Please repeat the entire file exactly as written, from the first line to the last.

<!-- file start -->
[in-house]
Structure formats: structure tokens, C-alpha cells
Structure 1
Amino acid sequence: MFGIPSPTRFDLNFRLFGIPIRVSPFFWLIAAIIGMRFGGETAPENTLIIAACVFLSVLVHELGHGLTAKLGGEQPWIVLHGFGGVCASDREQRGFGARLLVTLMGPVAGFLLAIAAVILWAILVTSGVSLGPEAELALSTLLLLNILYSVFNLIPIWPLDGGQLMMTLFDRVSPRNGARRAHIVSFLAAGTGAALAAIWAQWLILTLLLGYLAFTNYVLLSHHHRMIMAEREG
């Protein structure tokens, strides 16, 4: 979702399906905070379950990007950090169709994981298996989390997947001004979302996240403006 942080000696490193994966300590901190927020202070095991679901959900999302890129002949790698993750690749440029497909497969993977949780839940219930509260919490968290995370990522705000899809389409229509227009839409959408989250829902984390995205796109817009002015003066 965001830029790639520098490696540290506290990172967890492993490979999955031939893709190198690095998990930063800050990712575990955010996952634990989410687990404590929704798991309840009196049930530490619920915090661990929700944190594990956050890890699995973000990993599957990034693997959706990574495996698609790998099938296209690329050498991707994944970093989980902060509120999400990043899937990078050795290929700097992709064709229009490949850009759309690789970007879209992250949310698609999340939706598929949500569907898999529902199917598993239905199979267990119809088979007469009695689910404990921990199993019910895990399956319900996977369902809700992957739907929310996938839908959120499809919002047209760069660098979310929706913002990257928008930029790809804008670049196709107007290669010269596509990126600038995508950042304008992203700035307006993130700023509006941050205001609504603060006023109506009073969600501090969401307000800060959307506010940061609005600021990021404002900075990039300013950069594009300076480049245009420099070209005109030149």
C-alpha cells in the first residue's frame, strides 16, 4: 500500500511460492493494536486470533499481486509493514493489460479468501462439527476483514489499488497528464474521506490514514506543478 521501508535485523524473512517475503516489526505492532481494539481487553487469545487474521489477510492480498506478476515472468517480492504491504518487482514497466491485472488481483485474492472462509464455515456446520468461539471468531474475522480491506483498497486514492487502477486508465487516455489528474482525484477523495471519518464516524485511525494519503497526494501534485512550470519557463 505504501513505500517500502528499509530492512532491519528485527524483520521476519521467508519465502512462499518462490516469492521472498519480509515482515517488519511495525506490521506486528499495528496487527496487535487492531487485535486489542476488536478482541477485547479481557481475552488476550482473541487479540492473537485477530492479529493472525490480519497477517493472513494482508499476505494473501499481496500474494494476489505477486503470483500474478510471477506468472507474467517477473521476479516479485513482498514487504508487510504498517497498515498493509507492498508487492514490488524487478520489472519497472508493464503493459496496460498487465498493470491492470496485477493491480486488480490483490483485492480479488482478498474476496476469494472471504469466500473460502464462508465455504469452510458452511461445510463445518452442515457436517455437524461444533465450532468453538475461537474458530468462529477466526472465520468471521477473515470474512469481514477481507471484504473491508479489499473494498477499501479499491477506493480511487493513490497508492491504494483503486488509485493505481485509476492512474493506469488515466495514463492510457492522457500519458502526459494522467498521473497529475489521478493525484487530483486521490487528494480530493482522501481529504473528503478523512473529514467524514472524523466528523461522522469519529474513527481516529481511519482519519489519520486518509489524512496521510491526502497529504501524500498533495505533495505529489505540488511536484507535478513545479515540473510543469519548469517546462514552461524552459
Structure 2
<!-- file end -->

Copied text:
[in-house]
Structure formats: structure tokens, C-alpha cells
Structure 1
Amino acid sequence: MFGIPSPTRFDLNFRLFGIPIRVSPFFWLIAAIIGMRFGGETAPENTLIIAACVFLSVLVHELGHGLTAKLGGEQPWIVLHGFGGVCASDREQRGFGARLLVTLMGPVAGFLLAIAAVILWAILVTSGVSLGPEAELALSTLLLLNILYSVFNLIPIWPLDGGQLMMTLFDRVSPRNGARRAHIVSFLAAGTGAALAAIWAQWLILTLLLGYLAFTNYVLLSHHHRMIMAEREG
């Protein structure tokens, strides 16, 4: 979702399906905070379950990007950090169709994981298996989390997947001004979302996240403006 942080000696490193994966300590901190927020202070095991679901959900999302890129002949790698993750690749440029497909497969993977949780839940219930509260919490968290995370990522705000899809389409229509227009839409959408989250829902984390995205796109817009002015003066 965001830029790639520098490696540290506290990172967890492993490979999955031939893709190198690095998990930063800050990712575990955010996952634990989410687990404590929704798991309840009196049930530490619920915090661990929700944190594990956050890890699995973000990993599957990034693997959706990574495996698609790998099938296209690329050498991707994944970093989980902060509120999400990043899937990078050795290929700097992709064709229009490949850009759309690789970007879209992250949310698609999340939706598929949500569907898999529902199917598993239905199979267990119809088979007469009695689910404990921990199993019910895990399956319900996977369902809700992957739907929310996938839908959120499809919002047209760069660098979310929706913002990257928008930029790809804008670049196709107007290669010269596509990126600038995508950042304008992203700035307006993130700023509006941050205001609504603060006023109506009073969600501090969401307000800060959307506010940061609005600021990021404002900075990039300013950069594009300076480049245009420099070209005109030149």
C-alpha cells in the first residue's frame, strides 16, 4: 500500500511460492493494536486470533499481486509493514493489460479468501462439527476483514489499488497528464474521506490514514506543478 521501508535485523524473512517475503516489526505492532481494539481487553487469545487474521489477510492480498506478476515472468517480492504491504518487482514497466491485472488481483485474492472462509464455515456446520468461539471468531474475522480491506483498497486514492487502477486508465487516455489528474482525484477523495471519518464516524485511525494519503497526494501534485512550470519557463 505504501513505500517500502528499509530492512532491519528485527524483520521476519521467508519465502512462499518462490516469492521472498519480509515482515517488519511495525506490521506486528499495528496487527496487535487492531487485535486489542476488536478482541477485547479481557481475552488476550482473541487479540492473537485477530492479529493472525490480519497477517493472513494482508499476505494473501499481496500474494494476489505477486503470483500474478510471477506468472507474467517477473521476479516479485513482498514487504508487510504498517497498515498493509507492498508487492514490488524487478520489472519497472508493464503493459496496460498487465498493470491492470496485477493491480486488480490483490483485492480479488482478498474476496476469494472471504469466500473460502464462508465455504469452510458452511461445510463445518452442515457436517455437524461444533465450532468453538475461537474458530468462529477466526472465520468471521477473515470474512469481514477481507471484504473491508479489499473494498477499501479499491477506493480511487493513490497508492491504494483503486488509485493505481485509476492512474493506469488515466495514463492510457492522457500519458502526459494522467498521473497529475489521478493525484487530483486521490487528494480530493482522501481529504473528503478523512473529514467524514472524523466528523461522522469519529474513527481516529481511519482519519489519520486518509489524512496521510491526502497529504501524500498533495505533495505529489505540488511536484507535478513545479515540473510543469519548469517546462514552461524552459
Structure 2